Solution: Alpha Kids Need to Become Digital Readers
In the last blog post, I looked at the question of teaching kids to read by looking at the characteristics of the Alpha Generation (born 2010-2024). Alpha kids are second-generation digital natives and technology is woven into their daily lives.
THE DIGITAL IMPERATIVE: Develop Digital Readers
I think the question needs to change:
FROM: How do we develop readers?
TO: How do we develop digital readers
This new question will allow us to meet the needs of the Alpha kids.
One stark fact stares us in the face: digital readers should have digital texts.
Think about this: would YOU allow someone to take your smart phone away for a day? No! I’d be lost. It’s a habit to consult my phone (after all it’s a mini-computer) for the weather, the time, photos of family, short messages from friends on apps, email, and to ask Google multiple questions. If I, as an analog native, do this, how much more natural will it be for the AlphaKids?
Think about this: given a choice between Minecraft and a print book, which would an Alpha kid choose? Minecraft. It’s the tech they know and love. When we ONLY offer a print book, we handicap stories and reading.
So many articles bemoan the competition that books and reading have: TV, videos, video games, online streaming, and etc. But they never put books into a head-to-head competition with other forms of entertainments.
What if we put an eBook or audiobook up against Minecraft?
We still might lose. But it’s a more fair comparison for the Alpha kids.
And yet - we don’t offer eBooks or audiobooks, held back by our own biases toward print. Our ideas about screen time need to be re-examined.
CHANGING IDEAS ABOUT SCREEN TIME
The Pew Research Center has studied how parents view screen time after the pandemic. From March 2020 to April 2021, kids ages five to eleven increased their screen time by 68%.
First, parents understand the value of screen time. The report says:
“The increased time spent at home together as a family showed adults more clearly what kids are actually doing on their devices. “Instead of saying, ‘He’s been playing Minecraft for three hours, and I wish he could do something else,’ they started to look at what they were creating and realized that it was pretty remarkable,'” says Kleeman.”
Parents do worry about misinformation, security, and people exploiting kids’ screen time. They also worry about creating a balance between a child’s online and offline worlds.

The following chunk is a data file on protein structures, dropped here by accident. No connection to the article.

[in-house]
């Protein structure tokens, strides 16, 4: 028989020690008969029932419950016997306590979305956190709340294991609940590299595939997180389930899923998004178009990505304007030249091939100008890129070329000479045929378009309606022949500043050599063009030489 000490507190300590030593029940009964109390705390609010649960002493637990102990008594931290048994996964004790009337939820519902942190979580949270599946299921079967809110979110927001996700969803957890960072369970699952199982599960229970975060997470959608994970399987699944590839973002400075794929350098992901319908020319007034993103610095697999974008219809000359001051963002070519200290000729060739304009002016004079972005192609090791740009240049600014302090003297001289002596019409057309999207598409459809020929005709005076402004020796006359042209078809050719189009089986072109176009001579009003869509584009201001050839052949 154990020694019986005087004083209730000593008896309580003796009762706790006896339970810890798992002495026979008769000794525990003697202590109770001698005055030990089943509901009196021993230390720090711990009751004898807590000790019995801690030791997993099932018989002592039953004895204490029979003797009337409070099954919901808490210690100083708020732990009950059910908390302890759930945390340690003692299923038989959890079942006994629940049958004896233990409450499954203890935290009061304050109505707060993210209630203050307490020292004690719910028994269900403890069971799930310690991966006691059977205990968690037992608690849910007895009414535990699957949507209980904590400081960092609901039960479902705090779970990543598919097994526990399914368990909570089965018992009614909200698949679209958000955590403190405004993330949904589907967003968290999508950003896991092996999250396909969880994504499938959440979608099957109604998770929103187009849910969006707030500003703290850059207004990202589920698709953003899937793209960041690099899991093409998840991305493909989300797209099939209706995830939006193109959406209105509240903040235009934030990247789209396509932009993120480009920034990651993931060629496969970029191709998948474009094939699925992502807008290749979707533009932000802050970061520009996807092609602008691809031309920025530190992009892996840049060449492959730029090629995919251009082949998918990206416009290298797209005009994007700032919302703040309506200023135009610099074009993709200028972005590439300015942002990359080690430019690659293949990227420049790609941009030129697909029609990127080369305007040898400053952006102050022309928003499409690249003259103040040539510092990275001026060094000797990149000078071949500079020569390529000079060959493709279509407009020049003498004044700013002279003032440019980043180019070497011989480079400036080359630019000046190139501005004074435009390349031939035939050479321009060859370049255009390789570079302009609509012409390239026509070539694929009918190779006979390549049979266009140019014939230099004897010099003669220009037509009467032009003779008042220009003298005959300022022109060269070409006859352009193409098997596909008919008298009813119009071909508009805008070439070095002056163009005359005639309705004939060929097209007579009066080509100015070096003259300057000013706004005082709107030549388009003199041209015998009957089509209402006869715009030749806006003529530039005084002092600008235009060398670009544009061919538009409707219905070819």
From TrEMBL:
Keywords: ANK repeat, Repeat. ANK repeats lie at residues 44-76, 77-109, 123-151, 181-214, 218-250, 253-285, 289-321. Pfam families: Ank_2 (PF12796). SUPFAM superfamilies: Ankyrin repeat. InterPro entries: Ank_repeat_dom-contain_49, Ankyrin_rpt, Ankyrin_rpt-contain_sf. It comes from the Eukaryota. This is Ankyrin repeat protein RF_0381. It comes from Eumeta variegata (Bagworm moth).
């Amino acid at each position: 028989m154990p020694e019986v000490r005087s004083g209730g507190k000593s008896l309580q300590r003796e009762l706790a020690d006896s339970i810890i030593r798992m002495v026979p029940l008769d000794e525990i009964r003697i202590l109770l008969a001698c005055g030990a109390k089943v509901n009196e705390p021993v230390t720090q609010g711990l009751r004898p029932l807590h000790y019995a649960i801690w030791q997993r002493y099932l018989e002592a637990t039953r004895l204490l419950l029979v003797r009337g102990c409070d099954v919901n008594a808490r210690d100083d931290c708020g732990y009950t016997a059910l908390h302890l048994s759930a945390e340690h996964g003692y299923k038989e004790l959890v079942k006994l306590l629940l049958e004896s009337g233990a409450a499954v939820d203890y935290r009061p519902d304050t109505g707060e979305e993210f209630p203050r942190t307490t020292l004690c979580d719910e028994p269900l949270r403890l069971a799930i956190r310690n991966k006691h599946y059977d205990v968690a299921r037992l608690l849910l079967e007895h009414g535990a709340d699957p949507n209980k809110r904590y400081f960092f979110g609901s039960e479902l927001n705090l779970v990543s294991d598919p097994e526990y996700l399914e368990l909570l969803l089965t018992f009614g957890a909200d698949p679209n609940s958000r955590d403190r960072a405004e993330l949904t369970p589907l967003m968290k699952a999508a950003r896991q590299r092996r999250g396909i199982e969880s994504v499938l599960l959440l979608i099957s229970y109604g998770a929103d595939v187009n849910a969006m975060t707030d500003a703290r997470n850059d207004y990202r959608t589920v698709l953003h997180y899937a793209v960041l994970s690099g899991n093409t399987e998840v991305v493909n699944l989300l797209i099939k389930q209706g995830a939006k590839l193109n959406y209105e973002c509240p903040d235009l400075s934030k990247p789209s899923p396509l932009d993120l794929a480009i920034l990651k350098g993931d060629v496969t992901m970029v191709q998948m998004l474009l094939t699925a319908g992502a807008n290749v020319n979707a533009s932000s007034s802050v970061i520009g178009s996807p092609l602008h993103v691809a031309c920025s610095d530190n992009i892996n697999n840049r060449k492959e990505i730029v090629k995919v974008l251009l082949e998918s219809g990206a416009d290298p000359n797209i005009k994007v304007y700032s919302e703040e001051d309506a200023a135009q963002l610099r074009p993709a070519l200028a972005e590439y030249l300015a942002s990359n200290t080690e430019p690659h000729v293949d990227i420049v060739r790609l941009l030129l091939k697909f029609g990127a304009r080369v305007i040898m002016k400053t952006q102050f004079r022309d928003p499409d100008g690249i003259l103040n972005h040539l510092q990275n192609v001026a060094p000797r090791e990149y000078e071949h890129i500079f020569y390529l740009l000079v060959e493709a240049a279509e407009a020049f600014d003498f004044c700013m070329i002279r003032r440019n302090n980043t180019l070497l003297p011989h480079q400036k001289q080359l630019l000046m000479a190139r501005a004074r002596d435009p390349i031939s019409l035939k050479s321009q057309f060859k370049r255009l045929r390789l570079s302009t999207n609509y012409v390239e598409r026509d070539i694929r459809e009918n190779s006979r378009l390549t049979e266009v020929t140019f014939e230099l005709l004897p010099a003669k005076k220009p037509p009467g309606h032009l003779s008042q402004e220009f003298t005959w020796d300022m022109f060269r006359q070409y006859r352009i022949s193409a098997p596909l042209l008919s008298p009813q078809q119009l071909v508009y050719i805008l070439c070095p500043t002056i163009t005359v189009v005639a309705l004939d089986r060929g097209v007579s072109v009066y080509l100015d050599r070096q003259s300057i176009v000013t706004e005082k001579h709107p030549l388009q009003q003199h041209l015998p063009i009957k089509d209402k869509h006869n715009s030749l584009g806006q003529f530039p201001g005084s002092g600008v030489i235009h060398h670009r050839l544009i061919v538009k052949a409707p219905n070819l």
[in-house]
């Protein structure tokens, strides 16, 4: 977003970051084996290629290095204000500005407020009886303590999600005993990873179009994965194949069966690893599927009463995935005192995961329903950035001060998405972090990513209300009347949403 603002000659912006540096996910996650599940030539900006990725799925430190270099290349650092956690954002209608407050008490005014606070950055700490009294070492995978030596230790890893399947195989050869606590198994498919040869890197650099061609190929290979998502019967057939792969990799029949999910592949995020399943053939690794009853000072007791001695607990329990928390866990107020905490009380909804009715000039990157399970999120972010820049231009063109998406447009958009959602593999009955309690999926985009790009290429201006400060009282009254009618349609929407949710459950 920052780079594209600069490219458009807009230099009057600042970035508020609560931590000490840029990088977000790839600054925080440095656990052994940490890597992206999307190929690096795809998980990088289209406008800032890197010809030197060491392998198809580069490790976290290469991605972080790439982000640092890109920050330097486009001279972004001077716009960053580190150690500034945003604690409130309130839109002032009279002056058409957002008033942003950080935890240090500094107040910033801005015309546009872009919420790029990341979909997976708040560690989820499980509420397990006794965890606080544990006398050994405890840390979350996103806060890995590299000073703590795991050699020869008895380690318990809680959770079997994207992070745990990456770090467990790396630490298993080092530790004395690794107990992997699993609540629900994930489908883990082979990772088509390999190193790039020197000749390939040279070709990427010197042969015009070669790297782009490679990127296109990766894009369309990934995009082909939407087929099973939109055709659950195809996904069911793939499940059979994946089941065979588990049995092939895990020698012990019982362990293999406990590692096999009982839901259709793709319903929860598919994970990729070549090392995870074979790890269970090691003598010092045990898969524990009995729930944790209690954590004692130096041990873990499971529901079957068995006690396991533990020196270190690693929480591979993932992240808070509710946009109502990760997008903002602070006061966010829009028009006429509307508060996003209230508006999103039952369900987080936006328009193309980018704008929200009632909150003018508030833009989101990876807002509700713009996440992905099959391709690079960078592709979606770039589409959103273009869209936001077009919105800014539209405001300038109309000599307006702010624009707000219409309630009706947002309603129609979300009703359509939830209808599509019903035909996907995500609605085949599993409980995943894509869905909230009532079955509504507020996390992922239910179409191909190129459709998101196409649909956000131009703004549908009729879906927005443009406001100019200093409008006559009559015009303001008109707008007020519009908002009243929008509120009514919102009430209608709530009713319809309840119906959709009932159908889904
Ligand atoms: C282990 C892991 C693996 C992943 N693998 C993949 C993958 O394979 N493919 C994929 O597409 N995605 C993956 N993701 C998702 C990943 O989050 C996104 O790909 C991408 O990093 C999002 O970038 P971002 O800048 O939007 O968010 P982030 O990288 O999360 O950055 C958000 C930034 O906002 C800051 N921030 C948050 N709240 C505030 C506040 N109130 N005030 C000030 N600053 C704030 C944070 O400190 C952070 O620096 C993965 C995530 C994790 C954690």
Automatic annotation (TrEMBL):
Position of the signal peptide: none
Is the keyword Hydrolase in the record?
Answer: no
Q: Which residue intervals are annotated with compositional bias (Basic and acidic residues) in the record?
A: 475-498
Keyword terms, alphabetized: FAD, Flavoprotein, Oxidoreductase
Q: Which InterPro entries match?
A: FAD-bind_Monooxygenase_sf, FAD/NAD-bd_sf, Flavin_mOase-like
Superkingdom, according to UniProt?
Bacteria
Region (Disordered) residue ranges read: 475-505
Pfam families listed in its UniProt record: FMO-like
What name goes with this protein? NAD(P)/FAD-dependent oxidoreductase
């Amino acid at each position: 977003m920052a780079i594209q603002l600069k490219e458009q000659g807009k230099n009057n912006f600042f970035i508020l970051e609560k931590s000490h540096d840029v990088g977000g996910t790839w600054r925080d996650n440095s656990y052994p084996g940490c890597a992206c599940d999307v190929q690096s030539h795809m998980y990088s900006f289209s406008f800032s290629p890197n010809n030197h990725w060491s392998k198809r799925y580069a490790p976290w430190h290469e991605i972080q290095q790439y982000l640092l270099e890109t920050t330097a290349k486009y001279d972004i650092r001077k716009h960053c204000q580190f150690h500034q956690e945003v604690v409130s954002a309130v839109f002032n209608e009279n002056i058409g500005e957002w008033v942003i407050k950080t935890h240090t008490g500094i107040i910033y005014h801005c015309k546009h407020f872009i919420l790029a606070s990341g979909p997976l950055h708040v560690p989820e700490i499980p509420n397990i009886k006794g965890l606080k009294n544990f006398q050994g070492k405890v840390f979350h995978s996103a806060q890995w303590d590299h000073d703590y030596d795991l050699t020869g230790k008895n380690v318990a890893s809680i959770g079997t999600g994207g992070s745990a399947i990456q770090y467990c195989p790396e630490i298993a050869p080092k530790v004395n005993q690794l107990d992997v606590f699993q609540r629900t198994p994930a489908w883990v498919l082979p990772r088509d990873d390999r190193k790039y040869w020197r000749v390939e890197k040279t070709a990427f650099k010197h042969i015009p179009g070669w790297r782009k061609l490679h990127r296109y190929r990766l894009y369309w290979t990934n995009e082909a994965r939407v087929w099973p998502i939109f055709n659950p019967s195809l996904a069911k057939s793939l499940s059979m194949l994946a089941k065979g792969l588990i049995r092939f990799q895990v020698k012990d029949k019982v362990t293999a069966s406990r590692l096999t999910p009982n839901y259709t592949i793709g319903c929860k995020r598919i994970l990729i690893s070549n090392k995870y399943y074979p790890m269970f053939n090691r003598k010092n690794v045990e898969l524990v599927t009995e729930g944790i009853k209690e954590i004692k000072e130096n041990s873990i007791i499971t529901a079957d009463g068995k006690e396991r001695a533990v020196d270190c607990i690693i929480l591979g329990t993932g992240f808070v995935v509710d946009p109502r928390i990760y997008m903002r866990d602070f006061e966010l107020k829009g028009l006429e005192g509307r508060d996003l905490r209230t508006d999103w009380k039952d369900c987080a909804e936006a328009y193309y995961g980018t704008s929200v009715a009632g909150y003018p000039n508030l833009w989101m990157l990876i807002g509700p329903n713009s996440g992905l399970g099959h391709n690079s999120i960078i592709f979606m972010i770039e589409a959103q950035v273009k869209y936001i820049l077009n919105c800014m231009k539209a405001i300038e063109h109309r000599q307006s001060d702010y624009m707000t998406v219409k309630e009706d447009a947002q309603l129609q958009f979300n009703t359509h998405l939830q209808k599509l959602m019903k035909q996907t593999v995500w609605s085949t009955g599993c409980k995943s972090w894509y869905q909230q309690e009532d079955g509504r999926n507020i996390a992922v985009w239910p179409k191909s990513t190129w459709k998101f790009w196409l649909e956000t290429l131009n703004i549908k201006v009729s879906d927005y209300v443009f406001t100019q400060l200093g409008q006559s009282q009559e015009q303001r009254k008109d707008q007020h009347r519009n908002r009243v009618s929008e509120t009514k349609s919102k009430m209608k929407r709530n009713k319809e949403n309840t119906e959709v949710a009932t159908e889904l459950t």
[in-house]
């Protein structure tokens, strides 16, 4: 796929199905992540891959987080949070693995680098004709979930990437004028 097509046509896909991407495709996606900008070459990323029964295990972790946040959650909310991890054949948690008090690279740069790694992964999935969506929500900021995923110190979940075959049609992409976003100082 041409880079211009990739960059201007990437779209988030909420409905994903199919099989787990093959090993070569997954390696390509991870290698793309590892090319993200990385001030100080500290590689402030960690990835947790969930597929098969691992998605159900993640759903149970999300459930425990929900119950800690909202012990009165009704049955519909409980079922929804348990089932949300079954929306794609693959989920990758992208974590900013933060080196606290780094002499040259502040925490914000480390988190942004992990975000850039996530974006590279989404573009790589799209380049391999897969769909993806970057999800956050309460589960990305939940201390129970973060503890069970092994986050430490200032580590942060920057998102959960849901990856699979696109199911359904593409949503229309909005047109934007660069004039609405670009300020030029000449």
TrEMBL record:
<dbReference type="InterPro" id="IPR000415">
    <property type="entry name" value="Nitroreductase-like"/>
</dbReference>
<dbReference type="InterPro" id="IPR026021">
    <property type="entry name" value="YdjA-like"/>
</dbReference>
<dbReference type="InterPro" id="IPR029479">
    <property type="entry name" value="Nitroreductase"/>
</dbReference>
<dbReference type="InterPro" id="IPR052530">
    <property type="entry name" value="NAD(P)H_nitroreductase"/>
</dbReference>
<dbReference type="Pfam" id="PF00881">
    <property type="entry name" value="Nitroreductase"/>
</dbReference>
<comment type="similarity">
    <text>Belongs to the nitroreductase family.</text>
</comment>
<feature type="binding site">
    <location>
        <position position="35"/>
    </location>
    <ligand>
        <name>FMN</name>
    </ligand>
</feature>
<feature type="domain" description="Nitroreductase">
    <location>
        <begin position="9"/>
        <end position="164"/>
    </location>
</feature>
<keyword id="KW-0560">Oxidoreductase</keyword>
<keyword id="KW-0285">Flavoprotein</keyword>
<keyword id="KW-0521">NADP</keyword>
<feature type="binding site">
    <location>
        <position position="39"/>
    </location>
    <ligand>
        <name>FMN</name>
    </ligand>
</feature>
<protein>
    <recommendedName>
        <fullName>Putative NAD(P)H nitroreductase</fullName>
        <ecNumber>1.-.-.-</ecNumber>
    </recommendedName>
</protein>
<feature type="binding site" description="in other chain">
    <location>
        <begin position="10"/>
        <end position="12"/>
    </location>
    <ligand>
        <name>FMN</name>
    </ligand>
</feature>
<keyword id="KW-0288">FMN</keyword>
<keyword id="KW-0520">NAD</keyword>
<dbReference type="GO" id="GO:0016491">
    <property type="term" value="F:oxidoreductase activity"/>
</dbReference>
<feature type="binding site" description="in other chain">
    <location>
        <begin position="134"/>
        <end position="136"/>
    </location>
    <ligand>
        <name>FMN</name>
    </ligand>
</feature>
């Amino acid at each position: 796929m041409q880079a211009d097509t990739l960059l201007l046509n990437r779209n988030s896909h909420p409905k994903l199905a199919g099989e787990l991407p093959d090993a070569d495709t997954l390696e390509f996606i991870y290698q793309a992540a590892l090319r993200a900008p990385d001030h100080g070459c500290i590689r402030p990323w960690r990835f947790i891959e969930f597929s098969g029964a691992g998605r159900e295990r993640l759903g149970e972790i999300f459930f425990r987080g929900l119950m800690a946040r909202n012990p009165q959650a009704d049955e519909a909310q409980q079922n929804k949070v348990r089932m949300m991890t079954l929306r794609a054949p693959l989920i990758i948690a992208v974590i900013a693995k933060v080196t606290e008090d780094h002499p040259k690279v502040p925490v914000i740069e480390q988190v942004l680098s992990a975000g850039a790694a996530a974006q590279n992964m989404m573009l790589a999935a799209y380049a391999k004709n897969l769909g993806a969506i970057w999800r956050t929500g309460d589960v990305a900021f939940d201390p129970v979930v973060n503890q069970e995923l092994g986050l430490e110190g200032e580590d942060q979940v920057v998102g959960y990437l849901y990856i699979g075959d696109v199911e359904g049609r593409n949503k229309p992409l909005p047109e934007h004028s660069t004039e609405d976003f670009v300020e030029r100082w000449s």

As they become more involved in kids’ screen time activities, parents want the activity to be more aligned to learning goals.
Digital reading with eBooks or audiobooks is the perfect way to ensure safety and increase learning. It’s time to squarely let eBooks or audiobooks go head-to-head with other online activities. If we restrict reading to only print books, we separate it from a kid’s reality! If we offer ebooks and games, and encourage a balance between them, we’re more likely to develop good readers!
We need to recognize this and give them ebooks or audiobooks. So, let’s deal with some objections.
OBJECTIONS TO SCREEN TIME
Preschool v. Elementary. Wait. I thought kids weren't supposed to be spending that much time on screens. The American Academy of Child & Adolescent Psychiatry, in 2020 suggest
• Between 18 and 24 months screen time should be limited to watching educational programming with a caregiver.
• For children 2-5, limit non-educational screen time to about 1 hour per weekday and 3 hours on the weekend days.
• For ages 6 and older, encourage healthy habits and limit activities that include screens.
For preschool, the key is to limit screen time. But by elementary school, kids are reading screens in the classroom anyway. The key is to develop moderation and balance, as in any activity.
IF you allow screen time, you should ask is it better to read an ebook or play an online game?
In practical matters, we must say that millions of parents will allow millions of kids to play online games – they already do as detailed above. If you want reading and a love of reading to compete with games, then level the playing field and give kids ebooks. Alpha kids need their reading texts to be digital to integrate with the rest of their lives.
Let’s rethink our goals and strive to create Digital Readers.
Check out eBooks from Mims House Books.